For immediate release: Friday, 30 September 2011
The UK-wide medical defence organisation MDDUS has issued a comment on the new Royal College of Surgeons and Department of Health report indicating that the peri-operative care of patients undergoing emergency non-cardiac general surgery is “frequently disjointed, protracted and not always patient centred”.
Dr John Holden, senior medico-legal adviser at MDDUS, says: “All doctors have a fundamental and overriding ethical duty to make the care of patients their first concern. In achieving this aim all doctors must recognise and work within their limits of competence and seek more senior help and advice where necessary.”
Dr Holden adds: “Doctors who delegate care or treatment must be satisfied that the other clinician has the qualifications, experience, knowledge and skills to provide the care or treatment involved. The report reflects this ethical duty and additionally states that delegated staff should have sufficient manpower and be adequately free of competing responsibilities.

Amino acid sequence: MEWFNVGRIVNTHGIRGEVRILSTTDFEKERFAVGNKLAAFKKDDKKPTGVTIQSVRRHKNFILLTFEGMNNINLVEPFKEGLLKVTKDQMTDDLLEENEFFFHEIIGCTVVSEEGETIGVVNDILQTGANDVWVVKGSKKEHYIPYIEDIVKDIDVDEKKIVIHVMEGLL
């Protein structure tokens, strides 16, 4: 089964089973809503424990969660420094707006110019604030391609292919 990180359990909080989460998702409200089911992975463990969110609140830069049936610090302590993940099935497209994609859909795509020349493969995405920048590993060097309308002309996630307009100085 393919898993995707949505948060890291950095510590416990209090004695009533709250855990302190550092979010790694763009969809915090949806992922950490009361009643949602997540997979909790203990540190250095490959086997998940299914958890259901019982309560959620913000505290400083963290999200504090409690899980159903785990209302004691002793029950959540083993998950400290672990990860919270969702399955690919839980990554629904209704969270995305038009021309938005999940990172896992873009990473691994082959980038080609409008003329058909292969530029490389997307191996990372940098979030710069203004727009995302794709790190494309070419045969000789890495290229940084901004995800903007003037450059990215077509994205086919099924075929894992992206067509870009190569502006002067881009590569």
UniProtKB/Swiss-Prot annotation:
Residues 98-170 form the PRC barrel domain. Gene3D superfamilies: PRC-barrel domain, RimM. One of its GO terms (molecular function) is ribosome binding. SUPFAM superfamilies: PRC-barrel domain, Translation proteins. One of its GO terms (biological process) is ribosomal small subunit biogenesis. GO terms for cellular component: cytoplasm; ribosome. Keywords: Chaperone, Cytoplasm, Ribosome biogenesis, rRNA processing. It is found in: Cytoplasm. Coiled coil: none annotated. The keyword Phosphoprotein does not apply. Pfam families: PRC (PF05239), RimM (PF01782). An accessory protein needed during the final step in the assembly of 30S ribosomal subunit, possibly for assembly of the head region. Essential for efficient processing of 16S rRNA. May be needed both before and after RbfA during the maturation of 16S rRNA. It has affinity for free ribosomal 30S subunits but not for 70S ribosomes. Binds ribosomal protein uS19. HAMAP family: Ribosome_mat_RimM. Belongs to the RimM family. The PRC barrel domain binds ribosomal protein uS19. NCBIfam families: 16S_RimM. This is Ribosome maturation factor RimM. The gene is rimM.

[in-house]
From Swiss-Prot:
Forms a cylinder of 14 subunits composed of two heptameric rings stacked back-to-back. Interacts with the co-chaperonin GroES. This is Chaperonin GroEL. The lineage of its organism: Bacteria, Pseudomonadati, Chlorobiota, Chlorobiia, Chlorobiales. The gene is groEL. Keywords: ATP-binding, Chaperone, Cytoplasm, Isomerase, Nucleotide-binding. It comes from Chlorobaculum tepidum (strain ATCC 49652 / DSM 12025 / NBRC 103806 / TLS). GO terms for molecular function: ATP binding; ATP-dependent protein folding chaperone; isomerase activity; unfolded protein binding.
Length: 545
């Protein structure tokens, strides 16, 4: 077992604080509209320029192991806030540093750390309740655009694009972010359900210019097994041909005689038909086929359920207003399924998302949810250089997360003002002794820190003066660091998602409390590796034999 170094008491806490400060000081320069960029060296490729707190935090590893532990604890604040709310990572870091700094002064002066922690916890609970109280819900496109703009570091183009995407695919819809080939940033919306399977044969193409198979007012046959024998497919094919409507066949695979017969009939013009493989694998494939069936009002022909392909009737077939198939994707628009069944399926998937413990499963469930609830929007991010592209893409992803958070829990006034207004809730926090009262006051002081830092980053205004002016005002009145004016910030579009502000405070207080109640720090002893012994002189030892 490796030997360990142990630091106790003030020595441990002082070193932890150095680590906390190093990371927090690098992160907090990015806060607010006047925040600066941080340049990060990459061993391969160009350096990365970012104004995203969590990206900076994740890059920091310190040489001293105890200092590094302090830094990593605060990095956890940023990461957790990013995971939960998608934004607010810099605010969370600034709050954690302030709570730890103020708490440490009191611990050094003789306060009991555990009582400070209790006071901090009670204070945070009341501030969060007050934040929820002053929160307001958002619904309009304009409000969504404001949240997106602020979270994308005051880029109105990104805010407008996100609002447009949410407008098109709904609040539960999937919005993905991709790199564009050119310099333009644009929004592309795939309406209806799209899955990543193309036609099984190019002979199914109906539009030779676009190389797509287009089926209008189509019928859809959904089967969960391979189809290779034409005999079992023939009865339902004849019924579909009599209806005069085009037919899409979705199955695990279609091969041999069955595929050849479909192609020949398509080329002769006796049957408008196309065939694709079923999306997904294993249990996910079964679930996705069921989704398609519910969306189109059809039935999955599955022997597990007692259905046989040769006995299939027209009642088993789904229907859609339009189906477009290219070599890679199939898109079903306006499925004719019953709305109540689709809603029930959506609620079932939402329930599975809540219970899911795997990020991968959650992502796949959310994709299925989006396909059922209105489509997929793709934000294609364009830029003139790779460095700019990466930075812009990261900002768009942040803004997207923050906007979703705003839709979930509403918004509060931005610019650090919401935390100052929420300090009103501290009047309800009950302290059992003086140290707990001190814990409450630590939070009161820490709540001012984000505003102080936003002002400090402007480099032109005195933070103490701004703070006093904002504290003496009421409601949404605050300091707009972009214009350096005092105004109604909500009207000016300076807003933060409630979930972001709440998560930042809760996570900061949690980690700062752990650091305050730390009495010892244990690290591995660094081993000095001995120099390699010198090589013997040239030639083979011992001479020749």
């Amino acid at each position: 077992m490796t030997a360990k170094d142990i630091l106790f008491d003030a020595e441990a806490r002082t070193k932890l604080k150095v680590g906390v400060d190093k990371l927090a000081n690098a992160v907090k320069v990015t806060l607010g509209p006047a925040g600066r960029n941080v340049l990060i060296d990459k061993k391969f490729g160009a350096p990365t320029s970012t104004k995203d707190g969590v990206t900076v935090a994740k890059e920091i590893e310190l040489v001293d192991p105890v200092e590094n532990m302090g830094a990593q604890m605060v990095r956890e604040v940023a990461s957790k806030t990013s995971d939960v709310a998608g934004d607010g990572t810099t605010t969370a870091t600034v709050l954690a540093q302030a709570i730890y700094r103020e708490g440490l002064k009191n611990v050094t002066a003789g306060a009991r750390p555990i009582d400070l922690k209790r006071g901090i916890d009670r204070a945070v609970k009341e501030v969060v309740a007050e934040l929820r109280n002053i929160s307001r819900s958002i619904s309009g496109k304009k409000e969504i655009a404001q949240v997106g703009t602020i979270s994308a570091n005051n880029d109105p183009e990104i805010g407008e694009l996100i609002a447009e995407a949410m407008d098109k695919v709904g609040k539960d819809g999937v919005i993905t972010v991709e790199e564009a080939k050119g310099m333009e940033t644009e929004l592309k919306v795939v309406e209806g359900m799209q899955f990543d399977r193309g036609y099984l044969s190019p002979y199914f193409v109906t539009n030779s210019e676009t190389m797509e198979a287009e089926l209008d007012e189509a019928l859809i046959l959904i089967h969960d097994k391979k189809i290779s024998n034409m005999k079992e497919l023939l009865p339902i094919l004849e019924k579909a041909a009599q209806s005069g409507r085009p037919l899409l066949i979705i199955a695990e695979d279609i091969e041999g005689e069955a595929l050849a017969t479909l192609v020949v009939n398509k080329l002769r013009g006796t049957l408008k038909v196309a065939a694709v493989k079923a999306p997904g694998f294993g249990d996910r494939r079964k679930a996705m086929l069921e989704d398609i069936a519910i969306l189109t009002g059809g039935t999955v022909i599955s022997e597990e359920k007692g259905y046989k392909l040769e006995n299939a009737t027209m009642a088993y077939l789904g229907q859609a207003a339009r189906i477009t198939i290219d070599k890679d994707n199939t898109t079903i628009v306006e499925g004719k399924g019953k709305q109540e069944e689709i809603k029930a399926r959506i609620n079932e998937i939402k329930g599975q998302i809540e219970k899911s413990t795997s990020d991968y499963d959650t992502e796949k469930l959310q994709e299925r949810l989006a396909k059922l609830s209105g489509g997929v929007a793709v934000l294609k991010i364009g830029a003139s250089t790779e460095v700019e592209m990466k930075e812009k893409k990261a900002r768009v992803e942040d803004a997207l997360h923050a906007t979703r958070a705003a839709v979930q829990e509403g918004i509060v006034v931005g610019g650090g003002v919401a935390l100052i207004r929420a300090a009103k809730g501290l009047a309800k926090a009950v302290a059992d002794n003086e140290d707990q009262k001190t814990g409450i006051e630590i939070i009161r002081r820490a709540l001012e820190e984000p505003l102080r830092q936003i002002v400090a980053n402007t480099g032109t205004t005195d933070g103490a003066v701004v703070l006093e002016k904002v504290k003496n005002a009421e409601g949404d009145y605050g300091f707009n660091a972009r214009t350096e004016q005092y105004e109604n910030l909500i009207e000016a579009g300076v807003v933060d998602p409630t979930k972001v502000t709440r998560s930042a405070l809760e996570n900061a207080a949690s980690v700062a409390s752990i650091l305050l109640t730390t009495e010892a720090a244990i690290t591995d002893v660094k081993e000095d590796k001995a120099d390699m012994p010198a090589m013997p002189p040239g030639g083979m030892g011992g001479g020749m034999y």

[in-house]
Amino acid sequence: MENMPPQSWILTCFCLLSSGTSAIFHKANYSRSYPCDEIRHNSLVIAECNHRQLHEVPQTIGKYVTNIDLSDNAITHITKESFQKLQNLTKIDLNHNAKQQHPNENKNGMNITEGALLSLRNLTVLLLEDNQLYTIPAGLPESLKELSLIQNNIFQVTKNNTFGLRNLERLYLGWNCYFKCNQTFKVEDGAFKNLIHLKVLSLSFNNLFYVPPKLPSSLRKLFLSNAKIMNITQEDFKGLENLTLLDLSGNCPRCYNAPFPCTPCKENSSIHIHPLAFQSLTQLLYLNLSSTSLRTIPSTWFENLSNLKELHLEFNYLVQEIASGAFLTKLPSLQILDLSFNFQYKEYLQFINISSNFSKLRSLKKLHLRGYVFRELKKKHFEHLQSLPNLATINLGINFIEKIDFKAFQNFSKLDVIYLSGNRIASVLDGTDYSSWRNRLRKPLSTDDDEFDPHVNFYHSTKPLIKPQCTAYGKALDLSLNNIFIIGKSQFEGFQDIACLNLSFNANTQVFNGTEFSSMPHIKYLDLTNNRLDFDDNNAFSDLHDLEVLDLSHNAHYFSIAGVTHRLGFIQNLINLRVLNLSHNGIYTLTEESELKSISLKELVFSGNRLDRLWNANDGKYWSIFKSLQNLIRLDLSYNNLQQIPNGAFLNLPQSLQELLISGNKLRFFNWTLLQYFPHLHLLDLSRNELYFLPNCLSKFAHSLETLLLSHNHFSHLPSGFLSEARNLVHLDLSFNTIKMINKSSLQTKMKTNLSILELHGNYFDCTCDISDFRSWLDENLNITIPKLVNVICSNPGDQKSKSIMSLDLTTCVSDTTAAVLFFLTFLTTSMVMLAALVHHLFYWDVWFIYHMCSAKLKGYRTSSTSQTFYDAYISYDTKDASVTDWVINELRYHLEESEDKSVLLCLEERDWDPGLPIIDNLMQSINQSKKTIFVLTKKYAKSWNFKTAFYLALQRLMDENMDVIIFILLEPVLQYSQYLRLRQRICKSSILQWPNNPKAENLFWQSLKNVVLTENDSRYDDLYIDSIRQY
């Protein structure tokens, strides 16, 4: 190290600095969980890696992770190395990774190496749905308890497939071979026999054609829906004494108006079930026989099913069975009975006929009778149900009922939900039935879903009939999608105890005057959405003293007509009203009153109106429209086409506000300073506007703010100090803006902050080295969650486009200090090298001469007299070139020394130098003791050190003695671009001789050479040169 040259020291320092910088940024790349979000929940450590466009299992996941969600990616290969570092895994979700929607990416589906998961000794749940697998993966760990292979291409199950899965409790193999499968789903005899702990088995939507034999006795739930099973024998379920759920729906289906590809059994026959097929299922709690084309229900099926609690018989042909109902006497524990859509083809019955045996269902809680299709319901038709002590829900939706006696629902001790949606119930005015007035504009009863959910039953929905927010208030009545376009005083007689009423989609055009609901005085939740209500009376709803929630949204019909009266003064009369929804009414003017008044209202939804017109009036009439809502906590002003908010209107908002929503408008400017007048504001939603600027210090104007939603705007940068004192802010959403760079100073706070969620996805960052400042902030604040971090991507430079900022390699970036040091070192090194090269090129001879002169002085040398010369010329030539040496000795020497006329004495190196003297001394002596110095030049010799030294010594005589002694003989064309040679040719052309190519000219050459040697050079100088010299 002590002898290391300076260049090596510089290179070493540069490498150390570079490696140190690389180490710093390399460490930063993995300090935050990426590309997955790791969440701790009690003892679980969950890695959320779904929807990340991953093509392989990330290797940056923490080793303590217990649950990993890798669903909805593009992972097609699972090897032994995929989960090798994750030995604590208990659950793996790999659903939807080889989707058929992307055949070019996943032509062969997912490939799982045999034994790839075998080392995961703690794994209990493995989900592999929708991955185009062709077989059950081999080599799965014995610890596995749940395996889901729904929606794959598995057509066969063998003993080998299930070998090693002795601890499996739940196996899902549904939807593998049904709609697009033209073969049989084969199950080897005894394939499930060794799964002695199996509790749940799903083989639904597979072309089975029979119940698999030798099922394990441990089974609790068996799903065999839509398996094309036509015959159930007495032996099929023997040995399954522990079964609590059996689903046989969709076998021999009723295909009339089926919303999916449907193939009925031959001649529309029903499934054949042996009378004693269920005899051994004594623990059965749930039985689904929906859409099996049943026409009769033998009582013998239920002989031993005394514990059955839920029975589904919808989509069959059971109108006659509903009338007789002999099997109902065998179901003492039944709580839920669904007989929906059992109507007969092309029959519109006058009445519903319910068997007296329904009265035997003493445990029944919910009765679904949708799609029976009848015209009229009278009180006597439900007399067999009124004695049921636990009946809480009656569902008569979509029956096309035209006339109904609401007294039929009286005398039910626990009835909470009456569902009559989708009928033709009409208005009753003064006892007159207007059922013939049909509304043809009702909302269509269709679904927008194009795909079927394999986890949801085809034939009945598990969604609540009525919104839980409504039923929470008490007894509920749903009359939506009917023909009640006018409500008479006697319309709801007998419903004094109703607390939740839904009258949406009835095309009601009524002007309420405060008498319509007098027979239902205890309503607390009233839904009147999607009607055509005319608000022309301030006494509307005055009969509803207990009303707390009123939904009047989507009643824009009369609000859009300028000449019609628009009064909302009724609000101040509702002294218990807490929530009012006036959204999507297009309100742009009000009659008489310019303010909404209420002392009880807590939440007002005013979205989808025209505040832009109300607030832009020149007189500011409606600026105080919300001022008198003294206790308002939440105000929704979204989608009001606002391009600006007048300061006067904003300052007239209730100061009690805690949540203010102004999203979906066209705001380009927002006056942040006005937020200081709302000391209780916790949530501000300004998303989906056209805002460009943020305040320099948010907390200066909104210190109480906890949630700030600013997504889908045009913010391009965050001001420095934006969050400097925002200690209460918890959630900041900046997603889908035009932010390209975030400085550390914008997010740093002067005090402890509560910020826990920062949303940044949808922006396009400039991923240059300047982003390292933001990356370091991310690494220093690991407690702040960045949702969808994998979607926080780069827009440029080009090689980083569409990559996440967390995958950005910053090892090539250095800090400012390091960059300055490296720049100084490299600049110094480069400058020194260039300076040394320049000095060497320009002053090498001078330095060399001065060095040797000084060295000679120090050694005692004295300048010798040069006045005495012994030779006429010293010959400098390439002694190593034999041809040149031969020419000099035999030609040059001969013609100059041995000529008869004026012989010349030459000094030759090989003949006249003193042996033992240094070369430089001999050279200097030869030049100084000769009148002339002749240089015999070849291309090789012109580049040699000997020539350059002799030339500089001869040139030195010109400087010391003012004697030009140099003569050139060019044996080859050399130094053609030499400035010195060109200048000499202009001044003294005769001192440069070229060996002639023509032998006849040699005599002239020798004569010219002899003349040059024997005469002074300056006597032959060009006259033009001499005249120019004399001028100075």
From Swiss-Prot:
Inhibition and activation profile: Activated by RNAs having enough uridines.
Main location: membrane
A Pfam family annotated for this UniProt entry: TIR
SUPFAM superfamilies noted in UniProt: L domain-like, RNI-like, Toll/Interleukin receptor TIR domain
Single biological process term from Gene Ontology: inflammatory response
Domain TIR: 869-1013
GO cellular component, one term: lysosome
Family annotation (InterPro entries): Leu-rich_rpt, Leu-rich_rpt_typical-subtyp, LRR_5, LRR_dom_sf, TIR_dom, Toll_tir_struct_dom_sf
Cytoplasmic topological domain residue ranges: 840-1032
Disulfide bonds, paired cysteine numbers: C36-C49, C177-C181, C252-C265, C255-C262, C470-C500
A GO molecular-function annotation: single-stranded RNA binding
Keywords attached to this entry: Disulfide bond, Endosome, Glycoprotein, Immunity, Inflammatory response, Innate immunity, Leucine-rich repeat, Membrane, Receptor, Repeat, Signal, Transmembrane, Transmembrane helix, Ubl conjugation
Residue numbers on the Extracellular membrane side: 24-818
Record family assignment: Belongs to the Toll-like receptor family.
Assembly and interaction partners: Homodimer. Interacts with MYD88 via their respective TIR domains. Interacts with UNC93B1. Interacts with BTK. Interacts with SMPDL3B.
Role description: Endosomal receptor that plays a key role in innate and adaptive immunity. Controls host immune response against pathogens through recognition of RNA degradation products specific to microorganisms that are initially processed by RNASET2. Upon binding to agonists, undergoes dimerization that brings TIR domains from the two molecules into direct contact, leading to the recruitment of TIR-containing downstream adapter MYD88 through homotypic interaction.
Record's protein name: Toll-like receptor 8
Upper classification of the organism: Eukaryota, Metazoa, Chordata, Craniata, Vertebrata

“Risk to patients may be reduced by doctors handing over to colleagues according to a clear and effective procedure, before going off duty.”
For further information contact Joanne Curran on 0845 270 2034, or email email@example.com
Note to editors
MDDUS (The Medical and Dental Defence Union of Scotland) is a medical and dental defence organisation providing access to professional indemnity and expert medico- and dento-legal advice for doctors, dentists and other healthcare professionals throughout the UK.
This page was correct at the time of publication. Any guidance is intended as general guidance for members only. If you are a member and need specific advice relating to your own circumstances, please contact one of our advisers.